(CNN) In early June, I joined a small CNN crew on the little ferry -- which leaves only during calm weather -- to Tangier Island, Virginia. Located in the middle of the Chesapeake Bay, less than 100 miles from Washington, the island has no cell phone service.
So if you are out on your boat crabbing -- like the mayor of Tangier was on Monday -- and expecting a call, it may take a while to get to the nearest phone, no matter how important the caller.
After talking with residents for two days, we did a story about how sea level rise and erosion is expected to wash away this island in as little as 20 years.
The people of the town made it clear that they needed help protecting the island. That's when the mayor of Tangier made a plea to President Trump for help.
"My wife said only an expected call from Trump would get me off the water on a Monday morning," Mayor James "Ooker" Eskridge said.
The mayor said he was out crabbing on the bay, as he does every day, when his son drove up in his boat to tell him to "get home and wait by the phone; the President wants to talk to you." Eskridge didn't believe his son at first but eventually decided to head in. Sure enough, about 2 p.m., the President called his home.
"The whole time I was talking to him, I couldn't come to grips I was talking to him. I've heard that voice so much. To hear it on the other end of the telephone was hard to grasp."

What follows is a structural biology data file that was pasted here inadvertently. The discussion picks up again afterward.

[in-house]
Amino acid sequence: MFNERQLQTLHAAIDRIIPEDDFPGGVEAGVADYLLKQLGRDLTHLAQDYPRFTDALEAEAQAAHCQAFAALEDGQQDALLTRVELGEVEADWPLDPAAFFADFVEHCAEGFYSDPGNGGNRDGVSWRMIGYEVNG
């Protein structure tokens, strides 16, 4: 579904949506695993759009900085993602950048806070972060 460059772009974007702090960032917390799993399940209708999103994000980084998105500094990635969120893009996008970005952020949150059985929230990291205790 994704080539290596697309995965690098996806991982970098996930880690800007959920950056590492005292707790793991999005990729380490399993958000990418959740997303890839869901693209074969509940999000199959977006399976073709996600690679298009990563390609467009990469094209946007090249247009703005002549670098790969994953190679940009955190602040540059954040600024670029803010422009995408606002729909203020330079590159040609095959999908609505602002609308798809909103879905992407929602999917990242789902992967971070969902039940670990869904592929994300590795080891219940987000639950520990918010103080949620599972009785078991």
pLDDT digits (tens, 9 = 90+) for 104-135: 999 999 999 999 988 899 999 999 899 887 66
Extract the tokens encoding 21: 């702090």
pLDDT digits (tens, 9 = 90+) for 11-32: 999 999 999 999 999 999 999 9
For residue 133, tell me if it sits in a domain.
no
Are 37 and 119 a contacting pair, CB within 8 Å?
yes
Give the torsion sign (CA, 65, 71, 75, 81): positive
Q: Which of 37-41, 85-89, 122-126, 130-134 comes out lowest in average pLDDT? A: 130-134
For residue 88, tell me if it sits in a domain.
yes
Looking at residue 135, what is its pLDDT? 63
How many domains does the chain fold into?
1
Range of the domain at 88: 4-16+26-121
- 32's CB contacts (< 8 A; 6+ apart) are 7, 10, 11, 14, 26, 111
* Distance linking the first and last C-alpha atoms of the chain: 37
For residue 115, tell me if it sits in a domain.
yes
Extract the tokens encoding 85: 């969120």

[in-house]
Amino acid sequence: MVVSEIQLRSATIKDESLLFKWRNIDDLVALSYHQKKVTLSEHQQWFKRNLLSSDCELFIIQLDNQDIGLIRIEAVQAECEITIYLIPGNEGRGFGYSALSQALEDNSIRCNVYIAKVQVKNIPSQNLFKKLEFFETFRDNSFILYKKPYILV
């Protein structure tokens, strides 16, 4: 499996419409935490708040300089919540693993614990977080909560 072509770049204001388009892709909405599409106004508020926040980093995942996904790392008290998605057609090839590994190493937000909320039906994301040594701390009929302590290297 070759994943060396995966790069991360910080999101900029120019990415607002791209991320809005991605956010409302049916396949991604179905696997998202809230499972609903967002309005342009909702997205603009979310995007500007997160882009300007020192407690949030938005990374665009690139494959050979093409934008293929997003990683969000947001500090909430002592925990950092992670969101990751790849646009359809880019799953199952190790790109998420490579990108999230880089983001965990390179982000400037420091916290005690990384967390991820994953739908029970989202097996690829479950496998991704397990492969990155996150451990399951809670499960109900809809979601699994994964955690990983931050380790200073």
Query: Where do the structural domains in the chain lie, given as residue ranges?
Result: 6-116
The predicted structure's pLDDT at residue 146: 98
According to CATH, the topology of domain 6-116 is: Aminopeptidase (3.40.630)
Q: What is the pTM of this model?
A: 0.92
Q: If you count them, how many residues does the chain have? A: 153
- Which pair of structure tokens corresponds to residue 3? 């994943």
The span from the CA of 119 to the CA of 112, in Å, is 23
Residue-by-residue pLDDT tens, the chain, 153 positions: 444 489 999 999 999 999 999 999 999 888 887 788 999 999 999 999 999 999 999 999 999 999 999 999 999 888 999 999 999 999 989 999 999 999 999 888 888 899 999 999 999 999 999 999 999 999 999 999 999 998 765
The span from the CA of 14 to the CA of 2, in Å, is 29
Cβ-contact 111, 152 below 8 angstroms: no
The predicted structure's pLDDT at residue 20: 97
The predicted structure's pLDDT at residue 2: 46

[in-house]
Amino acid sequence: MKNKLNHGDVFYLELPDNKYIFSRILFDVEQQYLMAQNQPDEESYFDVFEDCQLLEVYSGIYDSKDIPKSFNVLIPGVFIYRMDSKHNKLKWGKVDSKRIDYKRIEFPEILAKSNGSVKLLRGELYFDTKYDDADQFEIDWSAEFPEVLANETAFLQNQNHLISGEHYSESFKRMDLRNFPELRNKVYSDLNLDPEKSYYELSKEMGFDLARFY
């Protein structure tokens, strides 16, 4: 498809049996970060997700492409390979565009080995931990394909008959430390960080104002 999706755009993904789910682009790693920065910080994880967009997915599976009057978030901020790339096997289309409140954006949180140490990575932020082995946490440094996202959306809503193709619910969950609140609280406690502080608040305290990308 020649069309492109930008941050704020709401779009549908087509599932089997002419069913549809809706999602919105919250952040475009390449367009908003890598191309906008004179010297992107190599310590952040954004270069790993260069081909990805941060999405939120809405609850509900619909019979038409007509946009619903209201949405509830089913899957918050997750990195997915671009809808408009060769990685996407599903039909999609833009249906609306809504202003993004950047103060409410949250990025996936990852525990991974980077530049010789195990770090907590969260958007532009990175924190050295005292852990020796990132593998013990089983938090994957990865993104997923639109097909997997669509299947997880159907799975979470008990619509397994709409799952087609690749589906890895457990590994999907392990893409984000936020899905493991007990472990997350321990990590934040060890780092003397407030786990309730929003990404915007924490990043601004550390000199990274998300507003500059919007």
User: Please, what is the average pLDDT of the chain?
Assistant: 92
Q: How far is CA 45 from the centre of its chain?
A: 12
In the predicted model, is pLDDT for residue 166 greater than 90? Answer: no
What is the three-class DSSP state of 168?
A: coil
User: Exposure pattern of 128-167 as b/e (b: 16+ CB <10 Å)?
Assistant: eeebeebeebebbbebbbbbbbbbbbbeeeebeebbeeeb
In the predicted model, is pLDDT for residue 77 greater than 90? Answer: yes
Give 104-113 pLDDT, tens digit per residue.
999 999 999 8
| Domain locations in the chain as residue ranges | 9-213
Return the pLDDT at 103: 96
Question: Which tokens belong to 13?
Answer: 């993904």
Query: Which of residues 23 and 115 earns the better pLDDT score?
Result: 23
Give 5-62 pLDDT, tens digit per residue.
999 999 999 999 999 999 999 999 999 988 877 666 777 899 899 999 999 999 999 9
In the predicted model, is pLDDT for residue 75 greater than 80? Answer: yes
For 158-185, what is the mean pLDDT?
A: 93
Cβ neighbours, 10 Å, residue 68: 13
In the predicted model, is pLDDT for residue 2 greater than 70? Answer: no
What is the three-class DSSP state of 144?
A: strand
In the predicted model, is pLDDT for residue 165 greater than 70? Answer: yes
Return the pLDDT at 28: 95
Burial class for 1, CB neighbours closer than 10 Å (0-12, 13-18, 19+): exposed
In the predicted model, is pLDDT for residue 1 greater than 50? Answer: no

Eskridge said the President told him that "one of his staff members told him he needed to see this CNN report on Tangier," and he watched it that morning. Trump saw in the report that 90% of the island voted for him and thanked the mayor for the support.
Trump also heard Eskridge say in the CNN story how he loved the President as much as anyone in his family. Eskridge said Trump told him, "I've got to talk to this guy."
And they did. Eskridge said they talked for about 10 minutes, and the President was down to earth and seemed to care greatly about Tangier. "The President isn't really a sea-level-rise guy," the mayor said, but they talked about the threat of erosion and the vulnerability of the island to a tropical system. Eskridge said he and the President were on the same page about the threats facing the island.
However, studies show that sea level rise is affecting Tangier at an alarming rate. A graphic from the the Army Corps of Engineers shows what the island will look like in the next century if nothing is done. In fact, Tangier is losing up to 16 feet of shoreline per year. On an island that's only 1.3 square miles, that's significant.
"The sea level rise, I just don't see it," Eskridge said. "The reason we're focused on erosion is because we can see it. Erosion will take us away long before sea level rise will."
In speaking with the CNN crew, the mayor and his inner circle all agreed that regardless of what's causing it, Tangier is shrinking, and fast. They are sick of being studied and want something done.
Eskridge told Trump that he hoped the President would cut down the time on studies and maybe help with funding a sea wall. But he said they didn't go into detail about the wall, which the mayor says Tangier needs to survive, or about the jetty the island is expected to get next year for erosion of the harbor.
But Eskridge said the President told him, "If you are ever in Washington, I want to meet you, and I want you to stop by." Eskridge wants to take up President Trump on his offer and has some people working on it to make it happen.
"I know you don't just stop into the White House," he said. He's hoping he can sit down to talk to the President about the logistics of saving Tangier.
Eskridge is feeling more hopeful about his tiny island after talking to the President and said he's grateful to CNN for introducing Trump to Tangier.